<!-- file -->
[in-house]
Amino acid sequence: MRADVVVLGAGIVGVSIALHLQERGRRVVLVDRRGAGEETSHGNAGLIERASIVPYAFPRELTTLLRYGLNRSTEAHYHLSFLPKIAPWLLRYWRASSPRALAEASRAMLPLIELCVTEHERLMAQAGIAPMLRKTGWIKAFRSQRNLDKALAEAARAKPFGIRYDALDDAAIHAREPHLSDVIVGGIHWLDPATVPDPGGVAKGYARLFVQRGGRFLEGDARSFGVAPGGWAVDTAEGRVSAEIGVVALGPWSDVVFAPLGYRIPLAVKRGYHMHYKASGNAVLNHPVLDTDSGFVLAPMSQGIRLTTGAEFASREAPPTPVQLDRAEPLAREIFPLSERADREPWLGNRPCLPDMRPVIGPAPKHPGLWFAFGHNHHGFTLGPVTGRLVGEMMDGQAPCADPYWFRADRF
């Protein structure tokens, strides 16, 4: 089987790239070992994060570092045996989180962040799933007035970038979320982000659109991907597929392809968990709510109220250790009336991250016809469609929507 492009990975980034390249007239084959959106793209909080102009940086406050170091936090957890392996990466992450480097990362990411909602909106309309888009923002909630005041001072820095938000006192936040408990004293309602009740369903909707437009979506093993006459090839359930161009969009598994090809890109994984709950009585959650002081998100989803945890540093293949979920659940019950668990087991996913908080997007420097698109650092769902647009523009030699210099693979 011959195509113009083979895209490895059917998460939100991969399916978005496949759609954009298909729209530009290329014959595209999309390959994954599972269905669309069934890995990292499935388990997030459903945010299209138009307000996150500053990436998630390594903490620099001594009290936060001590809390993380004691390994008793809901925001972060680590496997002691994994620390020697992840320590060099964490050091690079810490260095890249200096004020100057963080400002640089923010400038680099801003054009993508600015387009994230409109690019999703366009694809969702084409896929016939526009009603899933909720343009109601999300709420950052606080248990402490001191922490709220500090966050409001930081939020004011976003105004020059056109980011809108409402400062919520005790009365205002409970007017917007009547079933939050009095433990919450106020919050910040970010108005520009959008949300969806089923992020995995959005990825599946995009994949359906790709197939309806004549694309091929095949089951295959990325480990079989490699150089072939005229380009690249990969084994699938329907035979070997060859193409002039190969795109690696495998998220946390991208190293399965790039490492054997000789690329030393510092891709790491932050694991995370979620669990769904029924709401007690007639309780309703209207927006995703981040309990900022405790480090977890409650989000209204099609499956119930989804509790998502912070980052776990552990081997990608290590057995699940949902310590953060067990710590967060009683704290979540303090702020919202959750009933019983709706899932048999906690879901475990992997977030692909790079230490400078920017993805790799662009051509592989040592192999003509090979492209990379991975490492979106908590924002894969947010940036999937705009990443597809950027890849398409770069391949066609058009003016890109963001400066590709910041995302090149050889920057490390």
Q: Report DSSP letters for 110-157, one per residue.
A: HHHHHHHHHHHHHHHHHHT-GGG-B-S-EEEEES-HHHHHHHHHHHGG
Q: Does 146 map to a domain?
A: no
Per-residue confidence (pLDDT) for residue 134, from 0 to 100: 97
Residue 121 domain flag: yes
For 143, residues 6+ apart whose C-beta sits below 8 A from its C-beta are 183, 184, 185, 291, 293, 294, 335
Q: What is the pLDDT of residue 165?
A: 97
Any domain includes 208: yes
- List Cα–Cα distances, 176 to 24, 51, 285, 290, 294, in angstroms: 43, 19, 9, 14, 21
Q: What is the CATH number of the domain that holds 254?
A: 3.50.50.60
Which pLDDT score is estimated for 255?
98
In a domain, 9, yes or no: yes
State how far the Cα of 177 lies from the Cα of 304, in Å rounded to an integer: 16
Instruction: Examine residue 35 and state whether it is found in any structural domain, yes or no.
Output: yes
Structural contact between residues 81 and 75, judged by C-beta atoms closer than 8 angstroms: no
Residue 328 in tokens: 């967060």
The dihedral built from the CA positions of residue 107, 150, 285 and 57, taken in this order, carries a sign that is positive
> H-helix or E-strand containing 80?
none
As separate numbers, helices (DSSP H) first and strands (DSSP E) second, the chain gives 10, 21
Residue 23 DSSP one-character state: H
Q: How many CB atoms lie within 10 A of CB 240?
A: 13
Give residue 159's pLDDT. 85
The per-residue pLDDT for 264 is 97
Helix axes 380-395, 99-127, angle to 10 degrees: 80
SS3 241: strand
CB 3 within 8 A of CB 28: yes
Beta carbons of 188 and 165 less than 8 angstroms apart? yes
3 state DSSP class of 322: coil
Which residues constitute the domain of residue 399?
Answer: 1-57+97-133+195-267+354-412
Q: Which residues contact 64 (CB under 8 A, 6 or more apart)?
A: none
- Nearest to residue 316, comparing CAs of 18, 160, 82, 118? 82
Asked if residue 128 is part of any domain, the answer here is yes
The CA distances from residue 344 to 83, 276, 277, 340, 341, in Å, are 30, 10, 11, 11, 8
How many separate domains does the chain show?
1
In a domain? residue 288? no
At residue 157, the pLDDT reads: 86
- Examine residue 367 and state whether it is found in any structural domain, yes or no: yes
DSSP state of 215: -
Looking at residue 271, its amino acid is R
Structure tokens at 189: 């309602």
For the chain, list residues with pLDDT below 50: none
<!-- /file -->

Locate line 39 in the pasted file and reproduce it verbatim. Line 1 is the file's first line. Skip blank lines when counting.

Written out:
Which residues constitute the domain of residue 399?